Tuesday, 29 May 2012

Packing for home

Can you believe it? I finish my first stint here in Jakarta on Friday. Time has absolutely flown by. I have  rarely had the chance to revisit a favourite spot (like those great antique markets or Bogor's botanic gardens) despite the best of intentions. Thank heavens, I get to do it all again in a few months' time.

Still, many would say the best is yet to come, as I head to Bali on Tuesday, albeit for a conference. I have a whole day to myself after it finishes, and I'm sure there will be lots to share. Then, on Sunday, I am heading to Jogyakarta in Central Java. Everyone who has been there tells me that it is just wonderful and the cultural heart of Java, so I am really excited.

In the meantime, there is lots to do here (apart from writing conference papers!). I have started to pack because it will be a mad flurry getting back for just Saturday night and then heading off again the next day. I will stay on at the airport when I fly back from Jogya on Wednesday as my return flight to Australia leaves later that night. Luckily, I can store some of my stuff with my friend Adri and collect it in August on my return.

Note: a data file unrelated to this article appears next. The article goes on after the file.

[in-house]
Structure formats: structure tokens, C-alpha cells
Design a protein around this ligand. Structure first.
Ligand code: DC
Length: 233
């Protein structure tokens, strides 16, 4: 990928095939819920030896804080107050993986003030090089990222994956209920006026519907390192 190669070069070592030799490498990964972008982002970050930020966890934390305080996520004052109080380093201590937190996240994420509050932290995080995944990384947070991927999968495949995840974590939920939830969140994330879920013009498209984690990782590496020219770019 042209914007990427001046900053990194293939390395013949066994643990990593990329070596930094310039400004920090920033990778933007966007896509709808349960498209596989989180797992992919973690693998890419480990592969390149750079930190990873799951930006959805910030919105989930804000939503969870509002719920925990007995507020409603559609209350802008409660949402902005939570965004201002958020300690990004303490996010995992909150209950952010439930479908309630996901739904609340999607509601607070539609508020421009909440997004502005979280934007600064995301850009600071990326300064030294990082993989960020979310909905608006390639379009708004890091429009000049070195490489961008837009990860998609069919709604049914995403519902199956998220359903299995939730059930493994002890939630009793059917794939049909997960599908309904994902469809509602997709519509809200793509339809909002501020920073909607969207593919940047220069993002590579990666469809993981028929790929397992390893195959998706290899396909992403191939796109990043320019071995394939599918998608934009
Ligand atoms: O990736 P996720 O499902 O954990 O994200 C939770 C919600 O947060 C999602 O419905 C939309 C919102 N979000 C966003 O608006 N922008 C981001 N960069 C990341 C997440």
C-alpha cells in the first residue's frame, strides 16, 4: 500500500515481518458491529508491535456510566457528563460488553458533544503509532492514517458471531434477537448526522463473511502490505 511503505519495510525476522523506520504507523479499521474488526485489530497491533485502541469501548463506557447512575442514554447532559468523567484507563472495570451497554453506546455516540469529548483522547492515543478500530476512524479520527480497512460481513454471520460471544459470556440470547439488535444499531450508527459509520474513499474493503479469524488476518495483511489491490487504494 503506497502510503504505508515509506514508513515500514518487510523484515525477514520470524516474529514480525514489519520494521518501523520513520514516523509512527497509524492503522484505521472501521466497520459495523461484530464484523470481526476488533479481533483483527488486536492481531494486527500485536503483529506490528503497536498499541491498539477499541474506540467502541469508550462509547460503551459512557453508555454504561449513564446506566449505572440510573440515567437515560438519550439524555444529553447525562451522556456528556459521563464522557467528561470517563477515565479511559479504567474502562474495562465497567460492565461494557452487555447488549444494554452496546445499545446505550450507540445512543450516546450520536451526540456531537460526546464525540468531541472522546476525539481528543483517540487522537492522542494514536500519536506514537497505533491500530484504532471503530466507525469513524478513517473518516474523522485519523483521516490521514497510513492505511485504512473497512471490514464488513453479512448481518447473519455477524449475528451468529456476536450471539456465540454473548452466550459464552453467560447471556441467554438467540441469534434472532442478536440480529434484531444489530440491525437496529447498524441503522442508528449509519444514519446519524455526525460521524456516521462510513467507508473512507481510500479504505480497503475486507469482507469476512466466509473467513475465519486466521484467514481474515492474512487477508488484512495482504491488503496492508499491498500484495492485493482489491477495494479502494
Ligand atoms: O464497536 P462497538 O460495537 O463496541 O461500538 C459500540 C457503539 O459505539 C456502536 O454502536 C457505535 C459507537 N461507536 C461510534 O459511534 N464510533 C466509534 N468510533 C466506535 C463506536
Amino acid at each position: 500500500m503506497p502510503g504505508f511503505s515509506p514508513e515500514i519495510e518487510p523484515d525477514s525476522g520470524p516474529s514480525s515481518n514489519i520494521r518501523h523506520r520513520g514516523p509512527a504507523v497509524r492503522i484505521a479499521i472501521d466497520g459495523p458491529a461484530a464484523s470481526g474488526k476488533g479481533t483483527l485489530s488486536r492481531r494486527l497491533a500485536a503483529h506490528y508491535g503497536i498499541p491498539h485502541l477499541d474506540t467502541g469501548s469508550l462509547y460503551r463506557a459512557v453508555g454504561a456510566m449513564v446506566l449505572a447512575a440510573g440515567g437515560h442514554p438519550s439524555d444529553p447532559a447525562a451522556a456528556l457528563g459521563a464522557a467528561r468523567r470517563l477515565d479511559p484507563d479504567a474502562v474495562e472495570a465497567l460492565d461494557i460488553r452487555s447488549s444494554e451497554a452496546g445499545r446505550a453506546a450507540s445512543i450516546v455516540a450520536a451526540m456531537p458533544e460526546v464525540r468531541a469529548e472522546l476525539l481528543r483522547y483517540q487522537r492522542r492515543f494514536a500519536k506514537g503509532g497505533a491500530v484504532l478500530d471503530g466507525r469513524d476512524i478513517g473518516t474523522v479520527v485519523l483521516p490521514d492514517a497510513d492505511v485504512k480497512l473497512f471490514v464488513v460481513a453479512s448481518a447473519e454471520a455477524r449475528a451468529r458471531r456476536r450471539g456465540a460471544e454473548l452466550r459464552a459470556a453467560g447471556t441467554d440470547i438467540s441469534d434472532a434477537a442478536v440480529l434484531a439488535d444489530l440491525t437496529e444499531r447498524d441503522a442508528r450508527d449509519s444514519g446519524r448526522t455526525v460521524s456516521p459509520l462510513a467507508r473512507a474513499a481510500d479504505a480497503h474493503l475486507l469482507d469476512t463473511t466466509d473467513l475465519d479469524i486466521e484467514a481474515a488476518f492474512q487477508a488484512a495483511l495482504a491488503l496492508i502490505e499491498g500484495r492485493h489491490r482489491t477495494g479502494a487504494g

So, on my breaks from writing over the weekend, I have been packing. I am taking home the 'souvenirs' I have gathered up to now, so there is more room for new additions next visit. I think I have been fairly restrained (for me), but then a few things I really loved were way too expensive or too big and/or challenging to contemplate, for this visit anyway. And I saw another absolutely brilliant blue and white antique umbrella stand that wasn't that expensive, but I recalled the fate of my last (non-antique) one. It stood in pride of place just inside the front door until, in the usual frantic melee of setting out for the morning walk with the dogs, someone's lead looped the hook of an umbrella. Imagine if history repeated itself with a beautiful antique version that would be a nightmare to get home. I think it is just not meant to be!

Far safer to think of plants. Of course, I can't actually take anything from here home with me, but there are some great plants I have spotted that I definitely think could be worth a try in my Brisbane garden. The only problem with these beauties that I am sharing today is that I don't know their names. Any ideas?